|LETTER TO THE EDITOR
|Year : 2021 | Volume
| Issue : 1 | Page : 183-184
A rare case of risperidone induced reticular palmar pigmentation
Barnita Saha1, Isha Gupta1, Surabhi Dayal1, Sonia Chhabra2
1 Department of Skin and VD, Pt. B.D. Sharma PGIMS, Rohtak, Haryana, India
2 Department of Pathology, Pt. B.D. Sharma PGIMS, Rohtak, Haryana, India
|Date of Submission||27-Apr-2020|
|Date of Decision||12-May-2020|
|Date of Acceptance||22-Jun-2020|
|Date of Web Publication||16-Jan-2021|
84/2, Gupta Nursing Home, Near Shantmai Chowk, HUDA Complex, Rohtak - 124 001, Haryana
Source of Support: None, Conflict of Interest: None
|How to cite this article:|
Saha B, Gupta I, Dayal S, Chhabra S. A rare case of risperidone induced reticular palmar pigmentation. Indian Dermatol Online J 2021;12:183-4
|How to cite this URL:|
Saha B, Gupta I, Dayal S, Chhabra S. A rare case of risperidone induced reticular palmar pigmentation. Indian Dermatol Online J [serial online] 2021 [cited 2021 Dec 7];12:183-4. Available from: https://www.idoj.in/text.asp?2021/12/1/183/307165
An 18-year-old female with a psychiatric diagnosis of depressive mood disorder presented to skin outpatient department with complaints of brownish-black pigmentation on the palmar aspect of both hands for 2 months. She was on tablet risperidone 2 mg once daily for the last 7 months. She had no history of any skin disorder, photosensitivity, chronic heat exposure, contact allergen exposure, or any other medical illness. Her past and family history were insignificant. On cutaneous examination, reticular patterned brownish-black hyperpigmentation was distributed symmetrically on both palms [Figure 1]a, [Figure 1]b, [Figure 1]c. There was a slight increase in pigmentation over creases of palm and proximal and distal interphalangeal joints. Hair, nails, and mucosa were normal. The complete blood count, serum ferritin, serum electrolytes, liver and kidney function test, thyroid profile, serum vitamin B12, serum cortisol were within normal limits and Venereal Disease Research Laboratory test (VDRL) was nonreactive. On histopathological examination, there was pigment incontinence and perivascular lymphocytic infiltrate in the dermis [Figure 2]a and [Figure 2]b. The patient stopped risperidone on her own 3 weeks back and there was lightening of the pigmentation for the last 2 weeks [Figure 3]. Correlation of clinical presentation, histopathological findings, temporal association with the drug and resolution of pigmentation on stoppage of the drug established the diagnosis of risperidone-induced reticular hyperpigmentation of palms.
|Figure 1: (a) Reticular patterned hyperpigmentation on the palmar aspect of both hands at presentation. (b) A closer view of the reticular patterned hyperpigmentation on right palm with biopsy site seen as a round scar on lower aspect of palm. (c) A closer view of the reticular patterned hyperpigmentation on left palm|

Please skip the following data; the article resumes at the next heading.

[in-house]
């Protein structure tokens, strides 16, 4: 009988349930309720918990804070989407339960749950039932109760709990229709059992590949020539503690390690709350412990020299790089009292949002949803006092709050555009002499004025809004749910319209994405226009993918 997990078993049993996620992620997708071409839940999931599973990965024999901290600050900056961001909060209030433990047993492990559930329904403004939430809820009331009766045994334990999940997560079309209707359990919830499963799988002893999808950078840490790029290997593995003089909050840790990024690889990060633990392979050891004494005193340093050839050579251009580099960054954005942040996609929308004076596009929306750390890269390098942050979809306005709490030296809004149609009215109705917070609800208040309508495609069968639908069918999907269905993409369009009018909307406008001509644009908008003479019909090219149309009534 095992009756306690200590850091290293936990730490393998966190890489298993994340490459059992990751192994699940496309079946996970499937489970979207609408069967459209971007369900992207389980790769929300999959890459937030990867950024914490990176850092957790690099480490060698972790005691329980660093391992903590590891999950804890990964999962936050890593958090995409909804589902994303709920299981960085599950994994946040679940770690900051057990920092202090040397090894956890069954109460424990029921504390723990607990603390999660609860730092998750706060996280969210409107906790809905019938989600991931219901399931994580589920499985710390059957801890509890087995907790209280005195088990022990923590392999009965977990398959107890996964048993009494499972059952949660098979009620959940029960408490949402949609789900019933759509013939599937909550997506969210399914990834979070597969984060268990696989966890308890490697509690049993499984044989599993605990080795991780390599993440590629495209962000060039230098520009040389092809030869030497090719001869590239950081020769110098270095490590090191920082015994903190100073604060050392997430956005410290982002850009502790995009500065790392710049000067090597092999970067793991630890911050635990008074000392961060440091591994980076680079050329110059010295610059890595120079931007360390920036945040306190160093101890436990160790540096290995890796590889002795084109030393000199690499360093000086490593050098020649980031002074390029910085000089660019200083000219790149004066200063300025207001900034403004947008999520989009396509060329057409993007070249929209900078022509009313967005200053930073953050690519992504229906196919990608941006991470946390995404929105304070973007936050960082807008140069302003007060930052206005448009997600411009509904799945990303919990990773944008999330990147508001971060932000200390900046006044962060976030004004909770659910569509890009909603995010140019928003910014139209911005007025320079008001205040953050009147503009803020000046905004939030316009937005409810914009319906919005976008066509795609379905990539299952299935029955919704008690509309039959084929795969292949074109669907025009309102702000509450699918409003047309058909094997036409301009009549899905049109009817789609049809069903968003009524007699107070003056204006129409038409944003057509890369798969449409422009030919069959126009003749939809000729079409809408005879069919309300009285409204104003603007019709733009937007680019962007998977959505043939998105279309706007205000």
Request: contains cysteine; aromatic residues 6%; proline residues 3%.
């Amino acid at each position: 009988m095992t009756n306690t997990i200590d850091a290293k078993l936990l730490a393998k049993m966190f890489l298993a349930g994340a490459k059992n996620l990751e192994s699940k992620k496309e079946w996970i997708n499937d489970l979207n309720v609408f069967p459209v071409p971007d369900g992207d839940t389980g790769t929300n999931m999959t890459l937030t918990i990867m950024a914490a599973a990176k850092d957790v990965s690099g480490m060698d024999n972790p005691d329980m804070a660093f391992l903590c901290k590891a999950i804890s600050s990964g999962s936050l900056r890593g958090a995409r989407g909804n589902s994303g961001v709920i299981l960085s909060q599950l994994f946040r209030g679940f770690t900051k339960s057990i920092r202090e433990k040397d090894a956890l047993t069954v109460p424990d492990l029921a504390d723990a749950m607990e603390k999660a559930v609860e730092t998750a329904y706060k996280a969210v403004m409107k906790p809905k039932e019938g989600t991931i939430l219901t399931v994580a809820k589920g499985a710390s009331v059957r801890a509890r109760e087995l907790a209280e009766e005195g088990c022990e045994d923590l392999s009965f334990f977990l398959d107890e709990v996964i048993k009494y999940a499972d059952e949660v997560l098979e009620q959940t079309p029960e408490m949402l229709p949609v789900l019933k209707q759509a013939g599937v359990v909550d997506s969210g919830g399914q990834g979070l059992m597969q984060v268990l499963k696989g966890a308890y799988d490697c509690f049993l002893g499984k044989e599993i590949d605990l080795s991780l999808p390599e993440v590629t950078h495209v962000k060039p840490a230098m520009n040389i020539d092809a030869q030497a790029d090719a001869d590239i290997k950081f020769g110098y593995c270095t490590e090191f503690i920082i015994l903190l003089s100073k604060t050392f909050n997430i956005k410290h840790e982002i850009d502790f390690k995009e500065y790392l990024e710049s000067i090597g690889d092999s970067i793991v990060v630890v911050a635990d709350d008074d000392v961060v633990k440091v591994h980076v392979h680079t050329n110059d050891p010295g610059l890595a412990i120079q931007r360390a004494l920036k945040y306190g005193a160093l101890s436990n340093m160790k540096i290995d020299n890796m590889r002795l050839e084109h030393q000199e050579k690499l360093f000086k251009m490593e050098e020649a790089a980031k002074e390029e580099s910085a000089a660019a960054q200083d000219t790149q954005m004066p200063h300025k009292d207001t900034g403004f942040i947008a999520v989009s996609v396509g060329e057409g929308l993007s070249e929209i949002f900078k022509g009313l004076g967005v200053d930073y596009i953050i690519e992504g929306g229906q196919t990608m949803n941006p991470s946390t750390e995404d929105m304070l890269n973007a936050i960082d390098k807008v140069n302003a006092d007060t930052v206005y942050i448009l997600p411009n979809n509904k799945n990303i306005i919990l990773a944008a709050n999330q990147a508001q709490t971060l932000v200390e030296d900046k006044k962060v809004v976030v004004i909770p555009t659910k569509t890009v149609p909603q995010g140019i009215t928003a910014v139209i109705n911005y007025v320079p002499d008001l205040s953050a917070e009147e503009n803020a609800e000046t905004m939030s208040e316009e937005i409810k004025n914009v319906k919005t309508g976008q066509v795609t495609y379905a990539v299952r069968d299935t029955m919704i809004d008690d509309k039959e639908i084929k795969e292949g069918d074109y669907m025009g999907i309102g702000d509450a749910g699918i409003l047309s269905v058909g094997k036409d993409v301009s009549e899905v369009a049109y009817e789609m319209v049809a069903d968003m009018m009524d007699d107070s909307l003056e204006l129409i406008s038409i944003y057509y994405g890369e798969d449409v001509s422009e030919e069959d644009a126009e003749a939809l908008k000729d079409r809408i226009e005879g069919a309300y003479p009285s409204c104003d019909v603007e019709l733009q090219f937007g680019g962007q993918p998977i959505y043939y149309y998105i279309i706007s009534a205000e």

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|Figure 2: (a) Epidermis is normal. Pigment incontinence in upper dermis and mild perivascular lymphocytic infiltrate (hematoxylin and eosin, 10×).(b) Epidermis is normal. Pigment incontinence in upper dermis and mild perivascular lymphocytic infiltrate (hematoxylin and eosin, 40×)|
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|Figure 3: Gradual lightening of pigmentation on both the palms on stopping tablet risperidone|
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In literature, 10%–20% of cases of acquired pigmentation were attributed to being caused by drug intake. There are several publications of skin pigmentation with conventional antipsychotics like chlorpromazine, thioridazine however, the atypical antipsychotic that includes clozapine, olanzapine, quetiapine, risperidone, and ziprasidone are rarely known to cause hyperpigmentation. Risperidone, a benzisoxazole derivative is an atypical antipsychotic. It exhibits high-affinity antagonism at 5 HT2 and D2 receptors and binds to alpha1, alpha2 adrenergic receptors to a lesser extent. It is known to cause various adverse effects but the cutaneous reaction is very rare. The cutaneous adverse effects of risperidone reported in the literature are maculopapular rash, urticaria, angioedema, photosensitivity, erythema multiforme-minor, and eczematous eruptions.,, There is only one report with risperidone induced generalized pigmentation with 2 mg twice daily dosage by Bains et al. We are reporting a case of risperidone induced localized hyperpigmentation of palms in a reticular pattern. Literature search could not reveal any similar case in our search efforts. Clinical features of drug induced pigmentation vary according to triggering molecule with a large range of patterns and shades of blue, grey, yellow, red, and brown. The five basic mechanisms of drug-induced pigmentation include (a) stimulation of melanin synthesis (b) accumulation of medication itself as freely scattered granules within dermal macrophages, (c) synthesis of special pigments like lipofuscin (d) binding of drug and melanin to form a stable complex, (e) drug-induced damage to dermal blood vessels resulting in red blood cell damage and deposition of iron.
Because of the increased usage of atypical antipsychotic drugs in clinical practice, dermatologists should be aware of such rare cutaneous side effects.
Declaration of patient consent
The authors certify that they have obtained all appropriate patient consent forms. In the form the patient(s) has/have given his/her/their consent for his/her/their images and other clinical information to be reported in the journal. The patients understand that their names and initials will not be published and due efforts will be made to conceal their identity, but anonymity cannot be guaranteed.
Financial support and sponsorship
Conflicts of interest
There are no conflicts of interest.
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[Figure 1], [Figure 2], [Figure 3]